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\class{CSE 105}
\assignment{Individual Homework 3}
\duedate{Due: Tuesday May 1, 2018 at 11:00PM (on Gradescope)}
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{\sc Instructions}\newline
This {\bf Individual HW3} must be completed without any collaboration
with other students in this class. The only allowed sources of help for this homework
are the class textbook, notes, and podcast, and the instructional team.\\
Your homework {\bf must be typed}. We recommend that you submit early drafts to Gradescope so that in
case of any technical difficulties, at least some of your work is present. You may update
your submission as many times as you'd like up to the deadline.\\
{\sc Reading} Sipser Section 1.4, 2.2
\newline
{\sc Key Concepts} Nonregular languages, pumping lemma, pushdown automata.
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\begin{problem}[1.]({\bf 10 points}). The alphabet for this question is $\Sigma = \{0,1\}$.
Consider the following sets.
\[
A_1 = \emptyset \qquad A_2 = \Sigma^* \qquad \qquad A_3 = \{0^n 1^n \st n \geq 0\}
\]
Fill in each blank below with $A_1$, $A_2$, or $A_3$ to make the statement true, or write ``None of the above" if none of these sets do. (If multiple choices work, you only need to give one of them for full credit.)
\begin{enumerate}
\item[a.] $DOUBLE(\underline{\phantom{BLANK}})$ is regular.
\item[b.] $DOUBLE(\underline{\phantom{BLANK}})$ is nonregular.
\item[c.] $STUTTER(\underline{\phantom{BLANK}})$ is regular.
\item[d.] $STUTTER(\underline{\phantom{BLANK}})$ is nonregular.
\item[e.] $STUTTER(\underline{\phantom{BLANK}}) = \Sigma^*$.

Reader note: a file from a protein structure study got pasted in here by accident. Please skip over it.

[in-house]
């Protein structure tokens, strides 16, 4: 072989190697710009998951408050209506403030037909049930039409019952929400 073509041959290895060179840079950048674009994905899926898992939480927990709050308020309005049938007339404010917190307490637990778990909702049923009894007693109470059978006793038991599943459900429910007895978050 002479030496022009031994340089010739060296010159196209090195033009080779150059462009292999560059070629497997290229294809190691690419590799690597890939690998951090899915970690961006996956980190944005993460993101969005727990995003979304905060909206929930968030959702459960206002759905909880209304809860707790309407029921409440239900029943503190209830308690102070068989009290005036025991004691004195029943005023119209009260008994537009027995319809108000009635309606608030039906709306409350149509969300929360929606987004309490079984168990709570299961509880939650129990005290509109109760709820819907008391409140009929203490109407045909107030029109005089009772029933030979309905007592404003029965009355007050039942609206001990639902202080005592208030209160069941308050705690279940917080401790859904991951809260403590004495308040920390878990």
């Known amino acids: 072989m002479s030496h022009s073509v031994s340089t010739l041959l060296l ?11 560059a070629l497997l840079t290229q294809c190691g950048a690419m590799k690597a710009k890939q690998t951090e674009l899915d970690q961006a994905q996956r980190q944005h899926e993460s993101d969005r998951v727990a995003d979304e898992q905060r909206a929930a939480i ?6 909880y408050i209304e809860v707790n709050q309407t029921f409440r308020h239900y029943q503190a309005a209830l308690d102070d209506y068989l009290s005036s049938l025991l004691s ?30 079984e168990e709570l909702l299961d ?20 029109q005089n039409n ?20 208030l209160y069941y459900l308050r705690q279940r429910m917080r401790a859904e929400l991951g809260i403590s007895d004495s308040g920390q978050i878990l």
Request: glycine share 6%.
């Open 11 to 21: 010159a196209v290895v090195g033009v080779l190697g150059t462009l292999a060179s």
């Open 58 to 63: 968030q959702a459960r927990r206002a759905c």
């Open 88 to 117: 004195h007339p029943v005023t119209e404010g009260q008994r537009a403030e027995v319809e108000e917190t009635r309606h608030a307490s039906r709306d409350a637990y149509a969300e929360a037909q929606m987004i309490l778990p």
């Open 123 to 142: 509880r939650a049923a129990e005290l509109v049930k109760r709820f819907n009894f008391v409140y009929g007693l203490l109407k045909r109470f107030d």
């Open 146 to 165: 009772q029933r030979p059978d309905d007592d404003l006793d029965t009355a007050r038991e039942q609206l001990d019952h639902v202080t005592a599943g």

\end{enumerate}
The definitions for these operations are the same we've worked with before: For $L$ a set of strings, we can define the following associated sets
\[
DOUBLE(L) = \{ vv \st v \in L \}
\]
\[
STUTTER(L) = \{ w_1 w_1 w_2 w_2 \cdots w_n w_n \st n \geq 0, w_i \in \Sigma \text{ for each $i$ where $1 \leq i \leq n$, and }
w_1 w_2 \cdots w_n \in L \}
\]
Note: $\varepsilon$ is in each of these sets iff it is an element of $L$ itself.\\
{\it No justifications required for credit for this question; but, as always, they're a good idea for your own benefit.}\\
{\it Extension (not for credit)}: Do any of the examples you saw above prove whether the statement ``The class
of regular languages is closed under $DOUBLE$" is true or false? How about whether the statement ``The class
of nonregular languages is closed under $DOUBLE$" is true or false?
\end{problem}
\begin{problem}[2.] ({\bf 10 points}). We say that a string $s$ in language $L$ {\bf can be pumped in $L$} to mean
that there exist $x,y,z$ such that $s = xyz$, $|y| > 0$, and for each $i \geq 0$, $xy^iz \in L$. {\it Notice that we don't have item
3 from Theorem 1.70 because we have not fixed a $p$.} For each of the strings and languages below,
determine if the string can be pumped in the language. If so, give an example of $x, y, z$ that work for this string.
\begin{itemize}
\item[a.] $s = 110010$, $L = \{ 110010 \}$.
\item[b.] $s = 111000$, $L = L (1^* 0^*)$.
\item[c.] $s = 100$, $L = L ( 100 \cup 0^* 1^* )$.
\item[d.] $s = \varepsilon$, $L = \{0,1\}^*$.
\end{itemize}
\end{problem}
\begin{problem}[3.] ({\bf 10 points}) Consider the PDA over the input alphabet $\Sigma = \{0,1\}$ with the state diagram
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\begin{itemize}
\item[a.] What is the stack alphabet, $\Gamma$, for this PDA?
\item[b.] From which states might a computation of this PDA make a move that doesn't consume input and
doesn't push anything onto the stack?
\item[c.] From which states might a computation of this PDA make a move that doesn't change the contents of the stack?
\item[d.] At the end of a successful computation of this PDA on a string $w$, can the stack be nonempty?
\item[e.] Is the string $\varepsilon$ accepted by this PDA?
\item[f.] Is the string $01$ accepted by this PDA?
\item[g.] Is the string $110$ accepted by this PDA?
\item[h.] Is the string $0110$ accepted by this PDA?
\item[i.] For all strings $w$, if $w$ is accepted by this PDA, is $w^{\mathcal{R}}$ guaranteed to be
accepted by the PDA as well?
\item[j.] Is the language of this PDA infinite?
\end{itemize}
\end{problem}
\end{document}